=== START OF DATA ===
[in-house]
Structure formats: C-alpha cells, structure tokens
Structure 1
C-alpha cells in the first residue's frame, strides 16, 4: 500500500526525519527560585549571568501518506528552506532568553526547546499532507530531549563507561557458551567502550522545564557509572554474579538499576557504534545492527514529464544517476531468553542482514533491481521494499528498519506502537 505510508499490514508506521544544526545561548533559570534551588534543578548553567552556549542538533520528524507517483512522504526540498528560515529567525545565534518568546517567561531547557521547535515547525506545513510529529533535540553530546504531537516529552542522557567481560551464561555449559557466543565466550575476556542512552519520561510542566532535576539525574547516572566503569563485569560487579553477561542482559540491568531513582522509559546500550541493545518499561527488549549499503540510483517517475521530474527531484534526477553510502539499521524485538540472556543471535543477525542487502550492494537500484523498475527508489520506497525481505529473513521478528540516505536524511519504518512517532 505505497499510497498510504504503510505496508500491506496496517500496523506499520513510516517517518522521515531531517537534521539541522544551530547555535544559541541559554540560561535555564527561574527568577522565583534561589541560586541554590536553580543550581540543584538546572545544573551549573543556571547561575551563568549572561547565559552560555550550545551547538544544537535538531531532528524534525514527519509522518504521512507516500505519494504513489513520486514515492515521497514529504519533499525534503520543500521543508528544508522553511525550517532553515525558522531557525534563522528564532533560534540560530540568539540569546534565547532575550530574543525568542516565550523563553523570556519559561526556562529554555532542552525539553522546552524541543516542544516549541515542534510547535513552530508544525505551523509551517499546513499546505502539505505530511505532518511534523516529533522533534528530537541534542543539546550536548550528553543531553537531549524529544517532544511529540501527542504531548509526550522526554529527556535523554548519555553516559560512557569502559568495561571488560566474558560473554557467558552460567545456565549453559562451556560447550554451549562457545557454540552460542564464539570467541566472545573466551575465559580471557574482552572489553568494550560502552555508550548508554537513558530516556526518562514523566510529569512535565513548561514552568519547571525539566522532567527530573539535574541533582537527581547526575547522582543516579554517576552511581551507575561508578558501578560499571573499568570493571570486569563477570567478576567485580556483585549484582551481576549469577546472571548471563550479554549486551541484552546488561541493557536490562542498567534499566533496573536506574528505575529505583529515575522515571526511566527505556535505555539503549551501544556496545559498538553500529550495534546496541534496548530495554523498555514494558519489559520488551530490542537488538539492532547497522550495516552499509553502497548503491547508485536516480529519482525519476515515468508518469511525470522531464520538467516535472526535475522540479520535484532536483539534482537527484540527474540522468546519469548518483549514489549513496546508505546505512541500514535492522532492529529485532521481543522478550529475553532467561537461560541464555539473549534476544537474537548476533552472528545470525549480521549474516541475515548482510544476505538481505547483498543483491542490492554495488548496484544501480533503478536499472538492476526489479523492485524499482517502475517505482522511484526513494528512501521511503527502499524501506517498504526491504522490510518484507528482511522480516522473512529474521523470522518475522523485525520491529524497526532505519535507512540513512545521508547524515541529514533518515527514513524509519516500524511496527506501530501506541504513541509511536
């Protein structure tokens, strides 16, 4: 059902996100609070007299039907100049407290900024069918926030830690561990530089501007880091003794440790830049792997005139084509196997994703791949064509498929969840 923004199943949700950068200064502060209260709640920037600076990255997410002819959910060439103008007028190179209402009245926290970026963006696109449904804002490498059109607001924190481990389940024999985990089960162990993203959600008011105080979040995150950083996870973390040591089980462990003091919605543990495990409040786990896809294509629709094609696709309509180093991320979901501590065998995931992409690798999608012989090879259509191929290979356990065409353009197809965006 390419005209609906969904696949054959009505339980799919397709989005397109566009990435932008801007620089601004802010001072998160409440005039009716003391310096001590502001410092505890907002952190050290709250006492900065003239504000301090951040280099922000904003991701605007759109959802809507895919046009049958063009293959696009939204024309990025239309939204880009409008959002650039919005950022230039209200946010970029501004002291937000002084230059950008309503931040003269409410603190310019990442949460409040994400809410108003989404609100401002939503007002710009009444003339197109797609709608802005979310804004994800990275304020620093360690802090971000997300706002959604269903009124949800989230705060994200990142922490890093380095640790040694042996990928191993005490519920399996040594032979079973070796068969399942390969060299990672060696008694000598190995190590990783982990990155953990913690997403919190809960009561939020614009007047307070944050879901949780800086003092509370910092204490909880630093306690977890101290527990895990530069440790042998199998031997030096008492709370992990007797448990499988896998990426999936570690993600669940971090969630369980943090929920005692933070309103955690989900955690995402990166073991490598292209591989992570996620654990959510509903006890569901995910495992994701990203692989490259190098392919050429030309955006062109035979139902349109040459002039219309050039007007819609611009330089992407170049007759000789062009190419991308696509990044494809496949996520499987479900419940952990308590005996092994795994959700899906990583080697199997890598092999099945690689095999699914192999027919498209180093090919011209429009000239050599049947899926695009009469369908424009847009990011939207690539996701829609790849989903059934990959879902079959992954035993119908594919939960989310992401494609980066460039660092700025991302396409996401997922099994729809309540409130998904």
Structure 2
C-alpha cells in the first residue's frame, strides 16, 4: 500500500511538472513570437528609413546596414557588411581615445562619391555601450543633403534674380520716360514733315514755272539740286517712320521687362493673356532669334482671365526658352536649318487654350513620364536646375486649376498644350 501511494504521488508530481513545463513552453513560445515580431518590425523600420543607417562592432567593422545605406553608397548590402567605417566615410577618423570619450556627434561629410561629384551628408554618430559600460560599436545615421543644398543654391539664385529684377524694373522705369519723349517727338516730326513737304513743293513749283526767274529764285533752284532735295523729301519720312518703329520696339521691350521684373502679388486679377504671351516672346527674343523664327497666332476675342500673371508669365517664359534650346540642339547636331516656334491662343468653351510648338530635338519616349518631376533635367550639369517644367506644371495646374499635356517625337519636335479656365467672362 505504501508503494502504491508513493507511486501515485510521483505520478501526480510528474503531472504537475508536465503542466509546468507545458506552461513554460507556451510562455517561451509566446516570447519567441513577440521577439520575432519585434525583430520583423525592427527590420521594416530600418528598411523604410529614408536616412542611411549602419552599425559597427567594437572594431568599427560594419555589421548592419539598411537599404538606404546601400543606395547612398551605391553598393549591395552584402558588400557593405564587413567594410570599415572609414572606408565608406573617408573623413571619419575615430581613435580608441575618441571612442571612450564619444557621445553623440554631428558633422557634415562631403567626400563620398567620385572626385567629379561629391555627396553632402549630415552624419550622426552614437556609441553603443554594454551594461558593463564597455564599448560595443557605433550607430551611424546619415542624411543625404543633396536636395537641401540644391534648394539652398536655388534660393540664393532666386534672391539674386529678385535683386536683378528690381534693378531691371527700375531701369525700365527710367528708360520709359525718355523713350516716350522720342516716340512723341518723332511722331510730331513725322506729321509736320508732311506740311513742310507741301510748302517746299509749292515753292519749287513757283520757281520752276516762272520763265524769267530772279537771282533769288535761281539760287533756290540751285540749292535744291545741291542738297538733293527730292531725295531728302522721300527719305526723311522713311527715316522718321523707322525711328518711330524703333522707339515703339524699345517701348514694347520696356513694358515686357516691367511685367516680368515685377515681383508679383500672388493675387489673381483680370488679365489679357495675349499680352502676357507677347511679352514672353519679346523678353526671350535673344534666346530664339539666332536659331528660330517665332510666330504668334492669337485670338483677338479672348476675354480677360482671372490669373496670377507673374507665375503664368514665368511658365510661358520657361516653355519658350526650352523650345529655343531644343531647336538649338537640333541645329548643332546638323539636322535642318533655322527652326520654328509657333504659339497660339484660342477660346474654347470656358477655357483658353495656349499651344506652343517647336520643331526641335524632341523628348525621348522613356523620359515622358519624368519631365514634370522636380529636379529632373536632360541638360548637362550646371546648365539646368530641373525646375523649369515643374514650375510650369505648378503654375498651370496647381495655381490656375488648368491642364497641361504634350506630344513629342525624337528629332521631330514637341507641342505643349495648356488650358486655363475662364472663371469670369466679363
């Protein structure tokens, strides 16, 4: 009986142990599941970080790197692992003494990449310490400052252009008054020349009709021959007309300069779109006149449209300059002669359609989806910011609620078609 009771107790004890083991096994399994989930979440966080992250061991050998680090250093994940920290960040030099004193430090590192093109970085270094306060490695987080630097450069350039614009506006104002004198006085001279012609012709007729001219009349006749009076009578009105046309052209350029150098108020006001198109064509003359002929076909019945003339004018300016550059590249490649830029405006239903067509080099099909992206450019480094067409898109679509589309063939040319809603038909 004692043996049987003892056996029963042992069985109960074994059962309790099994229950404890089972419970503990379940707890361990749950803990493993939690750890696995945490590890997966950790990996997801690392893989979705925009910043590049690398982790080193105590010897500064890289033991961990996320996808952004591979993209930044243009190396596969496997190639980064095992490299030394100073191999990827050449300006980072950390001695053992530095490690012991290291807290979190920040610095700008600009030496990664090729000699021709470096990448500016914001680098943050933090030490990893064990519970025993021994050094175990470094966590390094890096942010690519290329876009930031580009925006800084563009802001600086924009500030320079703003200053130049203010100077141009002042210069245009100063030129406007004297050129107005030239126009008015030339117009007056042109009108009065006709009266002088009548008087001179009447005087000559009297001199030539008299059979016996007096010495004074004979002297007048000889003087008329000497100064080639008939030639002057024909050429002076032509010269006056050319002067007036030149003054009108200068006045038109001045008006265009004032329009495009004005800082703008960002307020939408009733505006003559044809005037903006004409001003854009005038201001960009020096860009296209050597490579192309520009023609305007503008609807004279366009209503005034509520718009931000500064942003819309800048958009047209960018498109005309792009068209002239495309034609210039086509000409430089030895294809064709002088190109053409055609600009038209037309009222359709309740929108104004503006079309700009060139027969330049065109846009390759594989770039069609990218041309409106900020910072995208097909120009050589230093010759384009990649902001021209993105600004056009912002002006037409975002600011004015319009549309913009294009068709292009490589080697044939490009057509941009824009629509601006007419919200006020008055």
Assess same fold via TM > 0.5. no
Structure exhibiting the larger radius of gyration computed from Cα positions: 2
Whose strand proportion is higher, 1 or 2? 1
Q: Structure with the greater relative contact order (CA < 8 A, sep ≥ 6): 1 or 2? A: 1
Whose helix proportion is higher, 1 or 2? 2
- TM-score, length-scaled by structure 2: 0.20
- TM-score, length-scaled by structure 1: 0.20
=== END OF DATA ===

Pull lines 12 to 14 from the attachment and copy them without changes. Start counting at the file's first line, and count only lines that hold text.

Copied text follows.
Q: Structure with the greater relative contact order (CA < 8 A, sep ≥ 6): 1 or 2? A: 1
Whose helix proportion is higher, 1 or 2? 2
- TM-score, length-scaled by structure 2: 0.20